THE LESSONS OF HURRICANE KATRINA
By Jeff Head
September 5, 2005
Over the last ten days I have, with the rest of America and the world, watched a horrific natural disaster and tragedy unfold. I say natural disaster because that is exactly what a hurricane is when it strikes humanity and destroys property and lives and leaves suffering in its wake, as hurricane Katrina did along the Gulf Coast last week. I say tragedy because I have sat transfixed as I have watched as governmental social programs long in place, contributed to the disaster, and as a number of unimaginable and crass mistakes made by those who could have and should have exhibited stronger leadership, failed to do so which also added significantly to the loss of life and to the human suffering.
As I considered this over this holiday weekend, I thought it imperative, if for no other reason than to get these issues off my chest, to write down the lessons I have learned as a result of this disaster and tragedy. Hopefully, there are those who will reads this and benefit from it, most notably my own children and grandchildren and their descendants.
So, here are the lessons, I pray they reverberate within the hearts and minds of those who read them, so that more and more people can avoid some of the circumstances which have led to what will probably be recorded as the worst natural disaster and tragedy in American history.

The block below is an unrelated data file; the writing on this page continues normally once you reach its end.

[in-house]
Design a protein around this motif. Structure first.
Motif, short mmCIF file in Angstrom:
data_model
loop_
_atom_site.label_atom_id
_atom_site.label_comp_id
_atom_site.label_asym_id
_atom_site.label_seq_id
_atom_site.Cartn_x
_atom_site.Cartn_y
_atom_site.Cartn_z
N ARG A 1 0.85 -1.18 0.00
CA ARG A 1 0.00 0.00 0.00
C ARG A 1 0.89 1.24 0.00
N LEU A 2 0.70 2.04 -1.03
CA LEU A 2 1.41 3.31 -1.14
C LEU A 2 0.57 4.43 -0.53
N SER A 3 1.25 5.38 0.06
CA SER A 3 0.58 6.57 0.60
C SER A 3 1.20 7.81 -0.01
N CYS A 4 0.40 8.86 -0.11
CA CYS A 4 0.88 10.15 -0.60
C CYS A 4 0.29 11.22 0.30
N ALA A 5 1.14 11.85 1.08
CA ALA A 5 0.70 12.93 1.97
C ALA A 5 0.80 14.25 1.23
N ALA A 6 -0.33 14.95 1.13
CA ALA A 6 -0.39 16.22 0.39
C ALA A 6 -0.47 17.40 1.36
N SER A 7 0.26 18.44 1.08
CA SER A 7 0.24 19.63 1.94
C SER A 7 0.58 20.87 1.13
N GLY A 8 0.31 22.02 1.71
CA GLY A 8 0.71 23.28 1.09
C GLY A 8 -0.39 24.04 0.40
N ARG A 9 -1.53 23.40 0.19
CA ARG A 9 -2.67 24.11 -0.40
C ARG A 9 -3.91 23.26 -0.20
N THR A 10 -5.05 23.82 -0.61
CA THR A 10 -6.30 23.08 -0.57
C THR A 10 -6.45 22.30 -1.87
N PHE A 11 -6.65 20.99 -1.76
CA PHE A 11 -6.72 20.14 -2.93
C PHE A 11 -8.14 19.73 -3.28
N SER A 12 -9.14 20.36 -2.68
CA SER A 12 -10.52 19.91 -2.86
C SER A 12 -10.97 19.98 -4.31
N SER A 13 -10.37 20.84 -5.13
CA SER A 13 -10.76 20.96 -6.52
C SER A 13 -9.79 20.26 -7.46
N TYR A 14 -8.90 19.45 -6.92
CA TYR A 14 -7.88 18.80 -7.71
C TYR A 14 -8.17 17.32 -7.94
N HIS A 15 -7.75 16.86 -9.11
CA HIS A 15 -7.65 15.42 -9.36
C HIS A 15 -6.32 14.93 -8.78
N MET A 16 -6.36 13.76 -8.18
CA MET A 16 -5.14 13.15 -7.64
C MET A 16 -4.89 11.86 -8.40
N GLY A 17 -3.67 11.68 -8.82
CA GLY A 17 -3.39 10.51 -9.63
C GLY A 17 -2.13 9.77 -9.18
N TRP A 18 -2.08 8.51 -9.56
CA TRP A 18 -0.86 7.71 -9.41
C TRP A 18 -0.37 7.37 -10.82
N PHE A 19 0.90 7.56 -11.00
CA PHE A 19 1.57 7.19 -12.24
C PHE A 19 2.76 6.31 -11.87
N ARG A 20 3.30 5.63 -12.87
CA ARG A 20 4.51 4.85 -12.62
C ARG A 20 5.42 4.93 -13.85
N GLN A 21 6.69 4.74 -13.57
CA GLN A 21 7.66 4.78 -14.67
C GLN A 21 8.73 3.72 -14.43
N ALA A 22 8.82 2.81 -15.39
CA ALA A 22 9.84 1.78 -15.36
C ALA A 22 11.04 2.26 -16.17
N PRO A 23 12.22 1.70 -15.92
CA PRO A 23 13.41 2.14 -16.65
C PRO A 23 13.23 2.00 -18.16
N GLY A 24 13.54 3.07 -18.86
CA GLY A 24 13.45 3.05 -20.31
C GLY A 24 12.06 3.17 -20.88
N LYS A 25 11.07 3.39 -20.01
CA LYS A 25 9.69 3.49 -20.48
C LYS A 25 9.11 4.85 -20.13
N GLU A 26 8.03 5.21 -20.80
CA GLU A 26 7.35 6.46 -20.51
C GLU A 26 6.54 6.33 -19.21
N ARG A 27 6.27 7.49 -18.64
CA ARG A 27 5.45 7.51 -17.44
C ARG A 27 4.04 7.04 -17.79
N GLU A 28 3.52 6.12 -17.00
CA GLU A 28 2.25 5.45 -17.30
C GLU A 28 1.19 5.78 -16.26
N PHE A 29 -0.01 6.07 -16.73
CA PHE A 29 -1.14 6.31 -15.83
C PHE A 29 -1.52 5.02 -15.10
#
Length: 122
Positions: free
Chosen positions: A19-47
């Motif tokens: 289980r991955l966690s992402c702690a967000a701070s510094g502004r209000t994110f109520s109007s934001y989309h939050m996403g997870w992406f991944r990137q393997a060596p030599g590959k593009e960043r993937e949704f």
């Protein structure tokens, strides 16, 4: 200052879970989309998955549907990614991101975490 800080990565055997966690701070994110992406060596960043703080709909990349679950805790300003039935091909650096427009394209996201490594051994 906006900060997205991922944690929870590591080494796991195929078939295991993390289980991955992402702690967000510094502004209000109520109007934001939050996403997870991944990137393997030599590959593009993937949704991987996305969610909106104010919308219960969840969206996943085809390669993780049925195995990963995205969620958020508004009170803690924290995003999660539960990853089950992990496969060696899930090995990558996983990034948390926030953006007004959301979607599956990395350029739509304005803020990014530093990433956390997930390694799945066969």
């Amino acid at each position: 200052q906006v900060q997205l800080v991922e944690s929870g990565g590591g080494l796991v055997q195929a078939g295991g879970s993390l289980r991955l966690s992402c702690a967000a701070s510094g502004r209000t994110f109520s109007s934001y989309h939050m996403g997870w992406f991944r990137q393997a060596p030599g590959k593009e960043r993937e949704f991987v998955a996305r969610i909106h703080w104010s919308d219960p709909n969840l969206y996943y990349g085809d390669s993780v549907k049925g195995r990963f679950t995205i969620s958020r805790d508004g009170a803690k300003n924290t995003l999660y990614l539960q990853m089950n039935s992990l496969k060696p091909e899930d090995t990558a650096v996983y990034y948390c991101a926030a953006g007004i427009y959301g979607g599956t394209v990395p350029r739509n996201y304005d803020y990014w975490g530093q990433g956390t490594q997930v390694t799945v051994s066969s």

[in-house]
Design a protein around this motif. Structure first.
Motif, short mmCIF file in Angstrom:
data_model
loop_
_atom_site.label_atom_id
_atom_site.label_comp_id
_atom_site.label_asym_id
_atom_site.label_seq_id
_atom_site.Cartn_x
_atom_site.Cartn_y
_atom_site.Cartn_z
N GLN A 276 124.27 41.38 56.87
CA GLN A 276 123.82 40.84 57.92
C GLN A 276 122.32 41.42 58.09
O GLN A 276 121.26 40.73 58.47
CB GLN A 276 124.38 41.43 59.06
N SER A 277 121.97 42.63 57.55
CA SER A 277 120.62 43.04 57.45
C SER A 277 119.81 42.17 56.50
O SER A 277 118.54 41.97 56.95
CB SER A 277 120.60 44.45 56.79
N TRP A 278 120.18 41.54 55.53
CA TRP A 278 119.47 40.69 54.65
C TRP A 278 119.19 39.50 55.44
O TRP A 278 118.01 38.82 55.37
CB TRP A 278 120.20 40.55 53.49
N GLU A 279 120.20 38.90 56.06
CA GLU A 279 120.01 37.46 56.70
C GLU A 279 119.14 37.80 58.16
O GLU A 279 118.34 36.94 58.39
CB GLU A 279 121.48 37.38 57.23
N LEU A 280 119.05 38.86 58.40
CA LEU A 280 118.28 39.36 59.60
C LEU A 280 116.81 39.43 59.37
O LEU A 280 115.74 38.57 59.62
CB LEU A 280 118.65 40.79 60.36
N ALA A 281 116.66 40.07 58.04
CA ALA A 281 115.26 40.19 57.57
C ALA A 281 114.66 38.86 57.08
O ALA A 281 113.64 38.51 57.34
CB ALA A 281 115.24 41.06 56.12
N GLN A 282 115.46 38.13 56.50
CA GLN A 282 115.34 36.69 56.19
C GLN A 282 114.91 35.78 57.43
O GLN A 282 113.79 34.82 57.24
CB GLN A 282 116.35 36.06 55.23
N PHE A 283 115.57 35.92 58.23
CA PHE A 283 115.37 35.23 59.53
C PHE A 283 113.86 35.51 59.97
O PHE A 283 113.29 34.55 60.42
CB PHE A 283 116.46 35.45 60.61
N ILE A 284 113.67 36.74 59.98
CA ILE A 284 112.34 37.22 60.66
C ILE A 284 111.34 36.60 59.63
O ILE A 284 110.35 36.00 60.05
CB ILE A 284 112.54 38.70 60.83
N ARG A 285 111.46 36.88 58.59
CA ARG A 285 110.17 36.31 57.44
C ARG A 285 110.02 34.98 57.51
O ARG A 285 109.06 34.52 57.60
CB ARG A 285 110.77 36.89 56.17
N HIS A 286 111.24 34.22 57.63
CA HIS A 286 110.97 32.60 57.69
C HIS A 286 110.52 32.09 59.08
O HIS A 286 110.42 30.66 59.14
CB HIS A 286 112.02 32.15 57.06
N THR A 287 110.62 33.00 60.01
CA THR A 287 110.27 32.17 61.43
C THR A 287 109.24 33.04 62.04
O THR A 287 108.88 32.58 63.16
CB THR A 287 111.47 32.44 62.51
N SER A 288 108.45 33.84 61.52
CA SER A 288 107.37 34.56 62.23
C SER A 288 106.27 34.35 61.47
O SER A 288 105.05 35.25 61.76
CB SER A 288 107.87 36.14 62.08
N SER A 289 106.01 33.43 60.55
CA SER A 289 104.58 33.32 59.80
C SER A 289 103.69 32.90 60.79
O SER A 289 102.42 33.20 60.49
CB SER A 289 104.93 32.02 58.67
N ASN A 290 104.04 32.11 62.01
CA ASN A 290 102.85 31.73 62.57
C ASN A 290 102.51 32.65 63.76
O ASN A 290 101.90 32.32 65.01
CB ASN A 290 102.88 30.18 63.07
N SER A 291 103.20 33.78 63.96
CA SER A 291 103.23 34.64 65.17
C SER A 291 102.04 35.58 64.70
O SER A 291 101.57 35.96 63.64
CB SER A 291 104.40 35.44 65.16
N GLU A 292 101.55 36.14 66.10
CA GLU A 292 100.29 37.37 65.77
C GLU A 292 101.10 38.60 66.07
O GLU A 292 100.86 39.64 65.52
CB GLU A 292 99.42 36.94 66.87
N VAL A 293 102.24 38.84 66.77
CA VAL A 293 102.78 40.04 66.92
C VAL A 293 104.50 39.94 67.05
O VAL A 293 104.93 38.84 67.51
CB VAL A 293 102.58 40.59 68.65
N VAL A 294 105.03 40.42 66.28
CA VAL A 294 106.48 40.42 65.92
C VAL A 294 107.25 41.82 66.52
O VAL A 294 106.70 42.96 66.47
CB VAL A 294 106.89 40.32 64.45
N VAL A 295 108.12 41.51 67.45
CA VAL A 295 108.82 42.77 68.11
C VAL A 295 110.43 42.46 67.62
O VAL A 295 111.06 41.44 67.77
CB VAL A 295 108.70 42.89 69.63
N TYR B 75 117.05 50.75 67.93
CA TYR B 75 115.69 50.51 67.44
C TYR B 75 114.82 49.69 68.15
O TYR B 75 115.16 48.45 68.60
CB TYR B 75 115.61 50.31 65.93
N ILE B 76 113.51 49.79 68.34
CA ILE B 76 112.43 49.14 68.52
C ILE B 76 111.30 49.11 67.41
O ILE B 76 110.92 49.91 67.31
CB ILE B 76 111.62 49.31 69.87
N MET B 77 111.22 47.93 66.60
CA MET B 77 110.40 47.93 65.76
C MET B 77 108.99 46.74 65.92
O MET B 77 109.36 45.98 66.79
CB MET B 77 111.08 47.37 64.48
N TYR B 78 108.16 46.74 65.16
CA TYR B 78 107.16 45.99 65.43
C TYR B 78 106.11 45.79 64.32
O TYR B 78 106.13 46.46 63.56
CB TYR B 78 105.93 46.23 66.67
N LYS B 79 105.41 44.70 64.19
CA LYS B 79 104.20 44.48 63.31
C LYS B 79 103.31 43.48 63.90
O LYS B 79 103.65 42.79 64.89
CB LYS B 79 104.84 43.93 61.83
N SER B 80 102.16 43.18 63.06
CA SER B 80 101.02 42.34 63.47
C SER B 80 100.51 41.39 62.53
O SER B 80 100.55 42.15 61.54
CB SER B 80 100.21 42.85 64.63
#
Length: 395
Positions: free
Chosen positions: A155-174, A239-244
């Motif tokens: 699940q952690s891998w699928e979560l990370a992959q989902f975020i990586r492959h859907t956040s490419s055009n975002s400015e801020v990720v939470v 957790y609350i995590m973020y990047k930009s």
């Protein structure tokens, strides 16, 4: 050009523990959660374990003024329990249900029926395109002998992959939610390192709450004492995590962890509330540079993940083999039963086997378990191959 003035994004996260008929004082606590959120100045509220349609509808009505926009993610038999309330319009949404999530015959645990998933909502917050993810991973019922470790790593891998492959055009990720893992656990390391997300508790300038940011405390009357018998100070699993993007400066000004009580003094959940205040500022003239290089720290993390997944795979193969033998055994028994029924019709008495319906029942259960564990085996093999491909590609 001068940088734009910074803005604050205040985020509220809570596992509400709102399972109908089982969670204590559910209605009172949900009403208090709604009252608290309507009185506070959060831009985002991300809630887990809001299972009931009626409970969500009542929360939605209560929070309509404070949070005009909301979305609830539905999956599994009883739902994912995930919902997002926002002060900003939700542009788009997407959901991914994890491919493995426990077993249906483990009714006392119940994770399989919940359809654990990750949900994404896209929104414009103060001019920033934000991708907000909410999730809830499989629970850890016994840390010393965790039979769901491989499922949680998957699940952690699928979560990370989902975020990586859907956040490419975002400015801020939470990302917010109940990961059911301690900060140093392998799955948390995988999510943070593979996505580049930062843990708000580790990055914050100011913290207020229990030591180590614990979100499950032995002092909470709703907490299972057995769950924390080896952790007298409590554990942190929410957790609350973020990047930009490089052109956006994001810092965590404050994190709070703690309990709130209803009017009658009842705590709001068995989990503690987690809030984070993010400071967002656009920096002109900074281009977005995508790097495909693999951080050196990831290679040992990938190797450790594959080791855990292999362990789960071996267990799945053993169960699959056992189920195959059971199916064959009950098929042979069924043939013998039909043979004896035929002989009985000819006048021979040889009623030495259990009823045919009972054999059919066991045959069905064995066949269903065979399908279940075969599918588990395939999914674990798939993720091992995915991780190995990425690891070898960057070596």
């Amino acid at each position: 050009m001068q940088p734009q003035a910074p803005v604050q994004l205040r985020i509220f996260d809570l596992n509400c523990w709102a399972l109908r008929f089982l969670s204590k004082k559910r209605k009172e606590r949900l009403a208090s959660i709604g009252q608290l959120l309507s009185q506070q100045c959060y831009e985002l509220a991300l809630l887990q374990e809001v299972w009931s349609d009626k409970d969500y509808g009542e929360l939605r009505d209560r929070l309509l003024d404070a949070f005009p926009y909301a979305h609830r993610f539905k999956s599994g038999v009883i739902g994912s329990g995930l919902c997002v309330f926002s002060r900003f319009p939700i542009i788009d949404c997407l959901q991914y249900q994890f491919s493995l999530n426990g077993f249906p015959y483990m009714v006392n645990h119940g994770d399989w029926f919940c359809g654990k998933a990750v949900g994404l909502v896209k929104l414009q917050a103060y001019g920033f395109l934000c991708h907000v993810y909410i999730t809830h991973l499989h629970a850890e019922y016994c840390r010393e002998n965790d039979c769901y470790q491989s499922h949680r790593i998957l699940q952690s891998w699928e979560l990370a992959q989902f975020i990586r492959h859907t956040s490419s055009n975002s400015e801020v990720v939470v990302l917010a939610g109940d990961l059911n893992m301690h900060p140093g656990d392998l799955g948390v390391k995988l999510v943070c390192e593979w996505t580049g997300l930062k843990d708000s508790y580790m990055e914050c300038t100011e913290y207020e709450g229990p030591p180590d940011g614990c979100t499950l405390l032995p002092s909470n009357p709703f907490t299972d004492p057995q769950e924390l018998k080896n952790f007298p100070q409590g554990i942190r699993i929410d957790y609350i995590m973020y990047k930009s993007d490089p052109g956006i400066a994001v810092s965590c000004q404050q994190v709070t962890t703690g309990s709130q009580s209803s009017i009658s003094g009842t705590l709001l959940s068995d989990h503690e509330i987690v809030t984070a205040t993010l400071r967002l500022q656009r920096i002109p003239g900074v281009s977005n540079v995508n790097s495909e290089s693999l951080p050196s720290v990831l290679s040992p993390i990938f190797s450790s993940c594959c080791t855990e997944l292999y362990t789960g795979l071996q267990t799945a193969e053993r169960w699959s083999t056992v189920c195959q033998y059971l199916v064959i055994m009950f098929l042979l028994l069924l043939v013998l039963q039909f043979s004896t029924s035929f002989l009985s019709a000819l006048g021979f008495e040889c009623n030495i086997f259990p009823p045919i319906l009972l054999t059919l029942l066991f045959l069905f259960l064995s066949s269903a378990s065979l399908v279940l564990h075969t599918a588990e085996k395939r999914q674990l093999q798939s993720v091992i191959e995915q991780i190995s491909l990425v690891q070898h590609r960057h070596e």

LESSON NUMBER ONE: When clear warnings of an imminent natural disaster are issued, heed them When the weather service or other agencies, private or public, tasked with making such warnings issue them, take the warnings seriously and move well out of the path of danger. Do not wait for governmental officials to issue a so-called "mandatory" evacuation. Use your own initiative and resource, whatever they may be, to move yourself and your loved ones out of danger. Irrespective of how many false alarms have been raised in the past, irrespective of how well your or neighbor's structures have survived in the past, act for yourself and move yourself and loved ones out of the path of the oncoming danger. Your very life and those of your loved ones could well depend on it...and to err on the side of caution is a good thing in such circumstances.
If people (and particularly my own children, grandchildren and descendants) understand and apply these lessons, they will be in a much better position to preserve the life and liberty of themselves and their loved ones. Having done so, they will also therefore be in a position to help, aid, and provide relief to their fellow citizens in the crisis, as opposed to simply becoming another victim unable to help anyone, even themselves.